• Define your use cases and orchestration logic in the data warehouse.
  • External Integration: Employ a ‘reverse-ETL’ tool to manage the actual data integration with external tools.

The Headless CDP Route:

  • Construct everything within and around your data warehouse environment.
  • From Preparation to Integration: Take charge of data preparation, orchestration, and integration.

As you embark on your data activation journey, these three approaches offer distinct strategies to align data integration with your objectives. Below we break down each option so you can make the best decision going forward.

Choosing the CDP Path for Data Activation

A Customer Data Platform (CDP) offers two main functions: easy integration of 1st party data with external marketing tools and a user-friendly way to coordinate marketing efforts across these platforms.

CDP Basics:

  • Integrating Data: Connect 1st party data from your website/app with 3rd party marketing tools.
  • Orchestration: Seamlessly manage marketing strategies across various platforms.

The Process:

  • Data Setup: CDPs gather user behavior data from your website and user profiles from your data warehouse.
  • Enhancement: Enrich the CDP with your prepared data from the data warehouse.
  • Integration: Upload data files to an SFTP or link directly to APIs for CDP interaction.
  • Orchestration: Easily decide which marketing campaigns trigger for specific users in different platforms.
  • Data Connection: Connect accounts by inputting necessary IDs or credentials for integration.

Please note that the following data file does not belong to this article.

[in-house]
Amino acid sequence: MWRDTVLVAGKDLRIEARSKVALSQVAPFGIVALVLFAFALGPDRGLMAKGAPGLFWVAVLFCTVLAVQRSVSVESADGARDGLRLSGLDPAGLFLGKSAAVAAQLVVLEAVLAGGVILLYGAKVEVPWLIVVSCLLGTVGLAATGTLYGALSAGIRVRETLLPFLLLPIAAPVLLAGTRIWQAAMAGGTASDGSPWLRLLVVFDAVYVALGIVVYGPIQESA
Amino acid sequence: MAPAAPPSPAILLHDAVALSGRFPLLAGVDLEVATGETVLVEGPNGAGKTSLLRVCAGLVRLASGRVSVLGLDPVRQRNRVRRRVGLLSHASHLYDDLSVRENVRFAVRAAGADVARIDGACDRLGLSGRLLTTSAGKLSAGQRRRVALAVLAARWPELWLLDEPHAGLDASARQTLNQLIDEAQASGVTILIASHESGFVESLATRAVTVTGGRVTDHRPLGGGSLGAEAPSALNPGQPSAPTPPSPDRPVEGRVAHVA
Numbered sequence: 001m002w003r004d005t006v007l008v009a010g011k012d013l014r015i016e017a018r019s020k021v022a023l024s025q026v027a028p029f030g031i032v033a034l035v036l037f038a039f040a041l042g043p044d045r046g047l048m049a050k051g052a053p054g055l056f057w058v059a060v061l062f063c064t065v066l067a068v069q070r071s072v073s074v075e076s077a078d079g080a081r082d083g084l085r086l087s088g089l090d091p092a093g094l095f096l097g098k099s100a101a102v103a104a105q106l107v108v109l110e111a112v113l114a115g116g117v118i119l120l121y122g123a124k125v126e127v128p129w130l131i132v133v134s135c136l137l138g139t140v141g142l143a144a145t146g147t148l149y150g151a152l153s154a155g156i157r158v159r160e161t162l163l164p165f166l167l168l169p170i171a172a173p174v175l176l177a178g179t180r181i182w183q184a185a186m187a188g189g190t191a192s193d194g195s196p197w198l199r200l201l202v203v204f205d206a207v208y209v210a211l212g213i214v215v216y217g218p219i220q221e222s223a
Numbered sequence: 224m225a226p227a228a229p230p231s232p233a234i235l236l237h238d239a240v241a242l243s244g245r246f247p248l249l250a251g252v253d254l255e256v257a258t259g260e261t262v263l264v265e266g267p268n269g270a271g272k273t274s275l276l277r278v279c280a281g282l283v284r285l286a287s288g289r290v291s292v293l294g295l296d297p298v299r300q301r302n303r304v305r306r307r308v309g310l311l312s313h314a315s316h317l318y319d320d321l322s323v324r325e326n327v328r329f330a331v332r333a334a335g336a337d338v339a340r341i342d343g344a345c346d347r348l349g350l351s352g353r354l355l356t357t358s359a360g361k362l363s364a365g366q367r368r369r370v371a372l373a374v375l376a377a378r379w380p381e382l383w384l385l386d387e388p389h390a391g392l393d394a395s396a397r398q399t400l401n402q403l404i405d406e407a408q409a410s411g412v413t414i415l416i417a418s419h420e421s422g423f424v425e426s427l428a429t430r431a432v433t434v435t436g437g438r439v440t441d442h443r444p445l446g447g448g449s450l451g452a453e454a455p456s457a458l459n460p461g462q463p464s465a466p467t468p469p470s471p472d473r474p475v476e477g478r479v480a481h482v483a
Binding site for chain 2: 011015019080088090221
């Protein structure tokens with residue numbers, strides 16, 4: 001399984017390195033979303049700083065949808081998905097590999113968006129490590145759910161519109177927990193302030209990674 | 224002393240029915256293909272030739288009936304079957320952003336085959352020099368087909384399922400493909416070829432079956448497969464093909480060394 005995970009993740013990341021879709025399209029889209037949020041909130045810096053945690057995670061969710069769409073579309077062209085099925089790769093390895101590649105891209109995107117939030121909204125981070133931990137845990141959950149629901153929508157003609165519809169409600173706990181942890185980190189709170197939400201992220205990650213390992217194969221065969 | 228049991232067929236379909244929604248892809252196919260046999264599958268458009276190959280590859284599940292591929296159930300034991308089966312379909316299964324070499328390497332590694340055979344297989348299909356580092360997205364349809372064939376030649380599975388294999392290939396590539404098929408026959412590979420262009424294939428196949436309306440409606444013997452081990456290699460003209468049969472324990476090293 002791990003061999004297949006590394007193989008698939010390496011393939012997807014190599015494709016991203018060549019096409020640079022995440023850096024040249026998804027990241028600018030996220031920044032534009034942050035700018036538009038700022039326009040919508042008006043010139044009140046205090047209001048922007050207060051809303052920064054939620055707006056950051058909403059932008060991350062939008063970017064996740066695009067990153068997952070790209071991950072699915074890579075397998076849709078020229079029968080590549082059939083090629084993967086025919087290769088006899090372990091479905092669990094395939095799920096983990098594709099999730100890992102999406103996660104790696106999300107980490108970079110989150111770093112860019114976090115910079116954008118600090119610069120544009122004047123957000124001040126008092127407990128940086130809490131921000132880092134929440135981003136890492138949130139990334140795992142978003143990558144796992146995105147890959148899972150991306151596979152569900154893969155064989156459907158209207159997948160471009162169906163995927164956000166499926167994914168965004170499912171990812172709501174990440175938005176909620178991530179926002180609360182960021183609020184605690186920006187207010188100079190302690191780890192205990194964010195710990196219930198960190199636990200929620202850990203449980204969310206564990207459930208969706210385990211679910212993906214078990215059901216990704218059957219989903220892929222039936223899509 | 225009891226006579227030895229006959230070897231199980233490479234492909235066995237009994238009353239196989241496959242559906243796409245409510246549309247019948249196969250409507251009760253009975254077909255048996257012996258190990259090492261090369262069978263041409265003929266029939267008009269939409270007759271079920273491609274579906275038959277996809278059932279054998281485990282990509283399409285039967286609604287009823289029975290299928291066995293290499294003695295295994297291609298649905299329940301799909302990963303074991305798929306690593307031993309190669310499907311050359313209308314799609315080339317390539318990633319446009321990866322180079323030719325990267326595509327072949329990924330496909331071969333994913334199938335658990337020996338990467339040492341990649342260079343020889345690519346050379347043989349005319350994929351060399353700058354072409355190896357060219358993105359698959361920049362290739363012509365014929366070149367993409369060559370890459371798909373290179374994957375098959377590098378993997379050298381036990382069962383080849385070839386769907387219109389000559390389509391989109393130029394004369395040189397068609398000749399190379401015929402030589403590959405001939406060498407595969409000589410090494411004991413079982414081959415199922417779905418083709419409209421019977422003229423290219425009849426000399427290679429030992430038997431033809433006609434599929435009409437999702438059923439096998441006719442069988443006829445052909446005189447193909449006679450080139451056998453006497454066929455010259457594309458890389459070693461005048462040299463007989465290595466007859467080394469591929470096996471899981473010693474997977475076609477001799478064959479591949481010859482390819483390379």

Website Integration:

  • Automatically Collect Data: CDPs often integrate directly with your website, capturing behavioral data for targeting.
  • Personalize Website: Feed audience data back to personalize the website.
  • AB Test Functionality: Some CDPs enable HTML manipulation through AB test-like features.

CDP Advantages:

  • User-Friendly: Great for common data activation needs.
  • Simplified Process: Easily integrate and orchestrate campaigns.
  • Behaviour Insights: Gather behavioural data for targeted strategies.

CDP Drawbacks:

  • Cost Considerations: Subscriptions might not align with your data strategy’s scope.
  • Limited Flexibility: Might not suit advanced data activation projects.

CDP Options: Examples include Bloomreach, Blueconic, Relay42, Oracle CX Marketing, and Tealium AudienceStream, each with pros and cons.

While this series won’t guide your CDP selection, it’ll help you weigh using a CDP against other methods for effective data activation.

The Reverse-ETL Approach

Sitting between building and buying is the Reverse-ETL tool path. The term ‘reverse’ signifies that data flows out of your data warehouse environment, diverging from the typical external-to-internal movement. Essentially, a Reverse-ETL tool simplifies creating API connections with the tools in your marketing stack. By linking your data warehouse environment and marketing tools, you’re set for data activation after some setup.